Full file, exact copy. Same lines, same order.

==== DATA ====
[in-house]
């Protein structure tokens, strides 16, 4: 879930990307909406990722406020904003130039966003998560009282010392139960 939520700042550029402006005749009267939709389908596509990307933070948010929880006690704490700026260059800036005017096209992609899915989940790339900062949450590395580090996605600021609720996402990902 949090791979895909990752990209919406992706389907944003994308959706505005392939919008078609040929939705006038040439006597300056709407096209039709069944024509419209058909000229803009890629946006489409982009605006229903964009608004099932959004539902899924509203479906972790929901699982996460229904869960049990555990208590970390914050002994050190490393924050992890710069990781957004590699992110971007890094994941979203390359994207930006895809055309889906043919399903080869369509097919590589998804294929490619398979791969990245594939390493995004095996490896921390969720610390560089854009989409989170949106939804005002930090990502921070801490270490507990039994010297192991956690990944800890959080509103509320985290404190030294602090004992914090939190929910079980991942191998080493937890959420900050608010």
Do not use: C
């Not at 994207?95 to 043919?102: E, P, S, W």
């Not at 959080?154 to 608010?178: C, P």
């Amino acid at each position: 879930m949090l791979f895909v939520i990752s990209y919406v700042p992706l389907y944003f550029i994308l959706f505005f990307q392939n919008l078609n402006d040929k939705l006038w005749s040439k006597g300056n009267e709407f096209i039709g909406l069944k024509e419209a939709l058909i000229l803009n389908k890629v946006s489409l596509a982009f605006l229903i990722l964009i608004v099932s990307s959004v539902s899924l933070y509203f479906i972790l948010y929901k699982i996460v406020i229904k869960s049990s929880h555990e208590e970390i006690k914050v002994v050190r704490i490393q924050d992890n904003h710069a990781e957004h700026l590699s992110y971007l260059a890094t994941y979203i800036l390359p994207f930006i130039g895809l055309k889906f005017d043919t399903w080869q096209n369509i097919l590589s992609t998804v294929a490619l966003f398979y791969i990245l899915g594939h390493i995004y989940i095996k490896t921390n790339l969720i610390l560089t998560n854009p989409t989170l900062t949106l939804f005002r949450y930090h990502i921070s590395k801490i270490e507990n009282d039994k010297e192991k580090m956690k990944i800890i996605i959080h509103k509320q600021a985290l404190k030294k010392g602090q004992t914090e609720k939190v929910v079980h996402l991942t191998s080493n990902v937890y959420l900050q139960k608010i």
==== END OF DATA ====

[in-house]
């Protein structure tokens, strides 16, 4: 879930990307909406990722406020904003130039966003998560009282010392139960 939520700042550029402006005749009267939709389908596509990307933070948010929880006690704490700026260059800036005017096209992609899915989940790339900062949450590395580090996605600021609720996402990902 949090791979895909990752990209919406992706389907944003994308959706505005392939919008078609040929939705006038040439006597300056709407096209039709069944024509419209058909000229803009890629946006489409982009605006229903964009608004099932959004539902899924509203479906972790929901699982996460229904869960049990555990208590970390914050002994050190490393924050992890710069990781957004590699992110971007890094994941979203390359994207930006895809055309889906043919399903080869369509097919590589998804294929490619398979791969990245594939390493995004095996490896921390969720610390560089854009989409989170949106939804005002930090990502921070801490270490507990039994010297192991956690990944800890959080509103509320985290404190030294602090004992914090939190929910079980991942191998080493937890959420900050608010």
Do not use: C
């Not at 994207?95 to 043919?102: E, P, S, W």
């Not at 959080?154 to 608010?178: C, P």
């Amino acid at each position: 879930m949090l791979f895909v939520i990752s990209y919406v700042p992706l389907y944003f550029i994308l959706f505005f990307q392939n919008l078609n402006d040929k939705l006038w005749s040439k006597g300056n009267e709407f096209i039709g909406l069944k024509e419209a939709l058909i000229l803009n389908k890629v946006s489409l596509a982009f605006l229903i990722l964009i608004v099932s990307s959004v539902s899924l933070y509203f479906i972790l948010y929901k699982i996460v406020i229904k869960s049990s929880h555990e208590e970390i006690k914050v002994v050190r704490i490393q924050d992890n904003h710069a990781e957004h700026l590699s992110y971007l260059a890094t994941y979203i800036l390359p994207f930006i130039g895809l055309k889906f005017d043919t399903w080869q096209n369509i097919l590589s992609t998804v294929a490619l966003f398979y791969i990245l899915g594939h390493i995004y989940i095996k490896t921390n790339l969720i610390l560089t998560n854009p989409t989170l900062t949106l939804f005002r949450y930090h990502i921070s590395k801490i270490e507990n009282d039994k010297e192991k580090m956690k990944i800890i996605i959080h509103k509320q600021a985290l404190k030294k010392g602090q004992t914090e609720k939190v929910v079980h996402l991942t191998s080493n990902v937890y959420l900050q139960k608010i």